Globe reports that insurers are increasing pressure on hospitals to decrease their rates (or to stop increasing their rates as fast as they have been in the recent past.) The three major nonprofit health plans have each sent letters to hospitals, in many instances demanding reopening of existing contracts to decrease agreed-upon rates. The Blue Cross letter says “In the coming weeks, we will work directly with individual hospitals and physician groups on ways to reduce the payments we make to physicians and hospitals in the near term.” Boston
The health plans make the point that freezing premiums isn’t sustainable if the underlying medical costs continue to increase. The ‘safety net’ health plans which serve predominately Medicaid patients feel this in the extreme, going three years without an increase as their provider costs have continued to climb.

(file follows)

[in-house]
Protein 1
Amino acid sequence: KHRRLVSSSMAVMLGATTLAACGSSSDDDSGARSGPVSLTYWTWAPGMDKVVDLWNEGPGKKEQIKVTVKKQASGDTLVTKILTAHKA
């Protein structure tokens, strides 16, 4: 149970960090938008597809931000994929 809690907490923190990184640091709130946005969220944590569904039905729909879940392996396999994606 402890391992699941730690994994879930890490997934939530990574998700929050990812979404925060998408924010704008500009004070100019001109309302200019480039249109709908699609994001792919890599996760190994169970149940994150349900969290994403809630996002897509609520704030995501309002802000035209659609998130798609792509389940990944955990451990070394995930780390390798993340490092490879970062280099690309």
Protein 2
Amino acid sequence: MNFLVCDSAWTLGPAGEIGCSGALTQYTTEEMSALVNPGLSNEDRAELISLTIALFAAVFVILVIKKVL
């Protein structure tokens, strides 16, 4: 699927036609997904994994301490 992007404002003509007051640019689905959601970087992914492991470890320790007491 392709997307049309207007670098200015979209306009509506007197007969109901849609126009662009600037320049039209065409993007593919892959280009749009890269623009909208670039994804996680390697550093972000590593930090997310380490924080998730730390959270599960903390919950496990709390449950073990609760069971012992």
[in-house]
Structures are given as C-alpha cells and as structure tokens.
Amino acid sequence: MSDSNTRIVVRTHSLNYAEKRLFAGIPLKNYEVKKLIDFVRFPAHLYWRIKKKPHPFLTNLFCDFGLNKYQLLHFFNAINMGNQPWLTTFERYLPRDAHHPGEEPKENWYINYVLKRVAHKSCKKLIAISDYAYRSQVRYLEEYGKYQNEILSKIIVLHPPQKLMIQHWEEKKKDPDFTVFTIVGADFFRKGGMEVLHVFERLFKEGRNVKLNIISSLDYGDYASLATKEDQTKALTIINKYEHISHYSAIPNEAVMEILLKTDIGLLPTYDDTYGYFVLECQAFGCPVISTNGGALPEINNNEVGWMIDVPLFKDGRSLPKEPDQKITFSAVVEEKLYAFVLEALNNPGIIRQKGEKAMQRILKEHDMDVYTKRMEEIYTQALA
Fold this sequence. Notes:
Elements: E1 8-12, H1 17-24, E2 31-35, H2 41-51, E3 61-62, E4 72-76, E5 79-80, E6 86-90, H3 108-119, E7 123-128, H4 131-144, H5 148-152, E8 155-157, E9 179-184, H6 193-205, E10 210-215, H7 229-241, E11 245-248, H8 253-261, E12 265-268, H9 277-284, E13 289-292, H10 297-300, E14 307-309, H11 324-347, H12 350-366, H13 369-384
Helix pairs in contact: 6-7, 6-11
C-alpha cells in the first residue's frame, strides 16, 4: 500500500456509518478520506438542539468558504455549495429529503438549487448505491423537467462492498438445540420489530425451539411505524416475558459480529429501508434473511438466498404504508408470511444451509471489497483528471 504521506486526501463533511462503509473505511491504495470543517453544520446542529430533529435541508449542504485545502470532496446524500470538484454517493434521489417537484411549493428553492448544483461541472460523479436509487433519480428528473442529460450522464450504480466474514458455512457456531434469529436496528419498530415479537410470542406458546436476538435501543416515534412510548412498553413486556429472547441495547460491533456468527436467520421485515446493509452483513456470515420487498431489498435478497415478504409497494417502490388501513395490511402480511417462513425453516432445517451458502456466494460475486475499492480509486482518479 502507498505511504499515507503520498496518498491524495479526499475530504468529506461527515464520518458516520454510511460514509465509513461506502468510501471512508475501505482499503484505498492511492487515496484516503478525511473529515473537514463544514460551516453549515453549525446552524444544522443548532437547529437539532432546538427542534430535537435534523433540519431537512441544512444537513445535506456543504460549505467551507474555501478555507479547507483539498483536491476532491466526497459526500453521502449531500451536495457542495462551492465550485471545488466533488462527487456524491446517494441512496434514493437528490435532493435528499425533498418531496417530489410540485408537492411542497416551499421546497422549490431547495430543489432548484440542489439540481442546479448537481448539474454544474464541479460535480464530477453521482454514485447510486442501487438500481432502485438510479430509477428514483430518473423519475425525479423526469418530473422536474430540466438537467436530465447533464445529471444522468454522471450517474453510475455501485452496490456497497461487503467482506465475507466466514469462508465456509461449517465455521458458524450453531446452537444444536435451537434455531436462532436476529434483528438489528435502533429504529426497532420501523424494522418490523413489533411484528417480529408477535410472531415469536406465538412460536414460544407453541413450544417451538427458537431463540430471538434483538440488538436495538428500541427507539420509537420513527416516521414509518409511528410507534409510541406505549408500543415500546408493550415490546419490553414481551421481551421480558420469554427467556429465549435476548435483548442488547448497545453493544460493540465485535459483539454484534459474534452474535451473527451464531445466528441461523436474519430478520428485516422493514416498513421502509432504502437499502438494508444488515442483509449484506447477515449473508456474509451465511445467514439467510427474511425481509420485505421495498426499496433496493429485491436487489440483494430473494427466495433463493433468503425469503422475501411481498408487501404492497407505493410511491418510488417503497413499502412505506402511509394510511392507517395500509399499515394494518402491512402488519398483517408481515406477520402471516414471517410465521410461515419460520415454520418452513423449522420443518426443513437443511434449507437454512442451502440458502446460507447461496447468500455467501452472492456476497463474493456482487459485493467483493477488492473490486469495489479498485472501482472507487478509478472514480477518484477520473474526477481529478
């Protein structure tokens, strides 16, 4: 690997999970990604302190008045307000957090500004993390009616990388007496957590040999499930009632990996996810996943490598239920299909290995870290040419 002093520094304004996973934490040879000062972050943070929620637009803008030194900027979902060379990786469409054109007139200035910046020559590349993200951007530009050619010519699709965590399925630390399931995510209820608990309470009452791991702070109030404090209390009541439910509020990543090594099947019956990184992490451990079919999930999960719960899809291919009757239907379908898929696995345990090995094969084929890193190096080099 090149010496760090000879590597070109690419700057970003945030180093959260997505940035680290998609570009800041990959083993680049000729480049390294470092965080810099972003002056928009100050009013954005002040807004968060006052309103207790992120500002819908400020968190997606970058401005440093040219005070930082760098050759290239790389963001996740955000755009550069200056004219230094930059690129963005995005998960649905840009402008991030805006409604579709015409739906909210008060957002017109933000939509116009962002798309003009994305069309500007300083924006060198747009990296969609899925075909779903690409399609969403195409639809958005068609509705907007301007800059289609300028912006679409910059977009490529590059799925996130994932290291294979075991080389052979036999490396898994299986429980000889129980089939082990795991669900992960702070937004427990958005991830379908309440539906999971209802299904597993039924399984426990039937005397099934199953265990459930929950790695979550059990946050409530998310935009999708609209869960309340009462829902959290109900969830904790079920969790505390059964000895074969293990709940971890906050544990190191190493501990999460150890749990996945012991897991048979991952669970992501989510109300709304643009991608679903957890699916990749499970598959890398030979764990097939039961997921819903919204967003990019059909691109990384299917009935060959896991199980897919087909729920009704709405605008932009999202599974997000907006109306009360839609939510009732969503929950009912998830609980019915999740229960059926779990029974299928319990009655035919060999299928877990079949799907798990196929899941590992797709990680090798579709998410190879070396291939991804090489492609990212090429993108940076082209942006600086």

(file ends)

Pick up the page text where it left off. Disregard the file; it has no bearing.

Will the health plans be successful at lowering unit costs through recontracting?
The Attorney General’s report puts substantial pressure on the highest paid hospitals, which will be reluctant to use their leverage to maintain such a large payment differential. The AG’s report also could embolden some of the facilities which are (relatively) underpaid to demand higher rate increases.
I suspect that it will be very difficult to bring prices down substantially through the negotiation process as long as we demand that all health plans include essentially all providers. Health care reform in
has asked health plans to develop narrow networks – that could help in the efforts to lower unit cost here. Massachusetts